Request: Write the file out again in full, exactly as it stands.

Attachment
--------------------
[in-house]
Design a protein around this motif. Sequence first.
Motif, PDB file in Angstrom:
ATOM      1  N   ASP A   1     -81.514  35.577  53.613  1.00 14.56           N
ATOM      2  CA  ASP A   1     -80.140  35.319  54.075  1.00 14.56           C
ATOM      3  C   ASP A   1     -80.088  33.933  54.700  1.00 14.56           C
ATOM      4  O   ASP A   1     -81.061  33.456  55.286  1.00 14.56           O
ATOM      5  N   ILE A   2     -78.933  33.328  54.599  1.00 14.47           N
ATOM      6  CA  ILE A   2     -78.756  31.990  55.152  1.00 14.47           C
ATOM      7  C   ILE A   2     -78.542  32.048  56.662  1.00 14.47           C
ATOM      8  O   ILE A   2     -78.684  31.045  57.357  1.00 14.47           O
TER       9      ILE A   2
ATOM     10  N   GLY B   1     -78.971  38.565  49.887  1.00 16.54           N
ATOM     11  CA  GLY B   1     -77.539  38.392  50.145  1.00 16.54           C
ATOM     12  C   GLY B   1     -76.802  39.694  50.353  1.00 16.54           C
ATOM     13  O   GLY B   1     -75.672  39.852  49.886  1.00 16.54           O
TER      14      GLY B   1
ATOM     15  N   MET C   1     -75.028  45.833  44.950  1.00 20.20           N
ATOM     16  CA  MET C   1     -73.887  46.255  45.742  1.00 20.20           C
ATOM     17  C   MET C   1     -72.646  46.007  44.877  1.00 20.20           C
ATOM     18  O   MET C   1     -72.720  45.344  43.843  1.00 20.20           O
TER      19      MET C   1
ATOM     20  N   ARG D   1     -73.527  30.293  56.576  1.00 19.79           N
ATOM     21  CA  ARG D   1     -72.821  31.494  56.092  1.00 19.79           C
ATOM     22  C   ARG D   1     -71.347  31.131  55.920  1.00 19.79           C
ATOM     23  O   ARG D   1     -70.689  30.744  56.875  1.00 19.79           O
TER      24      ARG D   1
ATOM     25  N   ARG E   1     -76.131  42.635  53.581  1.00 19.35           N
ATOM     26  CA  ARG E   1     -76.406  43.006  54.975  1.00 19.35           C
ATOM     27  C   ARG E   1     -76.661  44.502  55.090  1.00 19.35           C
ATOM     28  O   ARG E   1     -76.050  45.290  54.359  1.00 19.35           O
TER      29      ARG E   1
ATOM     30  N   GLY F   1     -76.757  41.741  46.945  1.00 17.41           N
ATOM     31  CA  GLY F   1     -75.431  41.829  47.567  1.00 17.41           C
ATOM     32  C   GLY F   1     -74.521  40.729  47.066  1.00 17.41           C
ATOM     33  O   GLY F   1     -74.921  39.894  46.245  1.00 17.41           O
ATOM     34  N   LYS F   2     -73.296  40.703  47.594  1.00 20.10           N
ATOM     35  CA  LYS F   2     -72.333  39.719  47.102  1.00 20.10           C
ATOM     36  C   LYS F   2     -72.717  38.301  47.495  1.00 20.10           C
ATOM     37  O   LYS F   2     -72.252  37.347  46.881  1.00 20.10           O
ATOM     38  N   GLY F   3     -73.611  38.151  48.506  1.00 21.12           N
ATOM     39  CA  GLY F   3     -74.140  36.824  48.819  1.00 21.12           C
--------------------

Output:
[in-house]
Design a protein around this motif. Sequence first.
Motif, PDB file in Angstrom:
ATOM      1  N   ASP A   1     -81.514  35.577  53.613  1.00 14.56           N
ATOM      2  CA  ASP A   1     -80.140  35.319  54.075  1.00 14.56           C
ATOM      3  C   ASP A   1     -80.088  33.933  54.700  1.00 14.56           C
ATOM      4  O   ASP A   1     -81.061  33.456  55.286  1.00 14.56           O
ATOM      5  N   ILE A   2     -78.933  33.328  54.599  1.00 14.47           N
ATOM      6  CA  ILE A   2     -78.756  31.990  55.152  1.00 14.47           C
ATOM      7  C   ILE A   2     -78.542  32.048  56.662  1.00 14.47           C
ATOM      8  O   ILE A   2     -78.684  31.045  57.357  1.00 14.47           O
TER       9      ILE A   2
ATOM     10  N   GLY B   1     -78.971  38.565  49.887  1.00 16.54           N
ATOM     11  CA  GLY B   1     -77.539  38.392  50.145  1.00 16.54           C
ATOM     12  C   GLY B   1     -76.802  39.694  50.353  1.00 16.54           C
ATOM     13  O   GLY B   1     -75.672  39.852  49.886  1.00 16.54           O
TER      14      GLY B   1
ATOM     15  N   MET C   1     -75.028  45.833  44.950  1.00 20.20           N
ATOM     16  CA  MET C   1     -73.887  46.255  45.742  1.00 20.20           C
ATOM     17  C   MET C   1     -72.646  46.007  44.877  1.00 20.20           C
ATOM     18  O   MET C   1     -72.720  45.344  43.843  1.00 20.20           O
TER      19      MET C   1
ATOM     20  N   ARG D   1     -73.527  30.293  56.576  1.00 19.79           N
ATOM     21  CA  ARG D   1     -72.821  31.494  56.092  1.00 19.79           C
ATOM     22  C   ARG D   1     -71.347  31.131  55.920  1.00 19.79           C
ATOM     23  O   ARG D   1     -70.689  30.744  56.875  1.00 19.79           O
TER      24      ARG D   1
ATOM     25  N   ARG E   1     -76.131  42.635  53.581  1.00 19.35           N
ATOM     26  CA  ARG E   1     -76.406  43.006  54.975  1.00 19.35           C
ATOM     27  C   ARG E   1     -76.661  44.502  55.090  1.00 19.35           C
ATOM     28  O   ARG E   1     -76.050  45.290  54.359  1.00 19.35           O
TER      29      ARG E   1
ATOM     30  N   GLY F   1     -76.757  41.741  46.945  1.00 17.41           N
ATOM     31  CA  GLY F   1     -75.431  41.829  47.567  1.00 17.41           C
ATOM     32  C   GLY F   1     -74.521  40.729  47.066  1.00 17.41           C
ATOM     33  O   GLY F   1     -74.921  39.894  46.245  1.00 17.41           O
ATOM     34  N   LYS F   2     -73.296  40.703  47.594  1.00 20.10           N
ATOM     35  CA  LYS F   2     -72.333  39.719  47.102  1.00 20.10           C
ATOM     36  C   LYS F   2     -72.717  38.301  47.495  1.00 20.10           C
ATOM     37  O   LYS F   2     -72.252  37.347  46.881  1.00 20.10           O
ATOM     38  N   GLY F   3     -73.611  38.151  48.506  1.00 21.12           N
ATOM     39  CA  GLY F   3     -74.140  36.824  48.819  1.00 21.12           C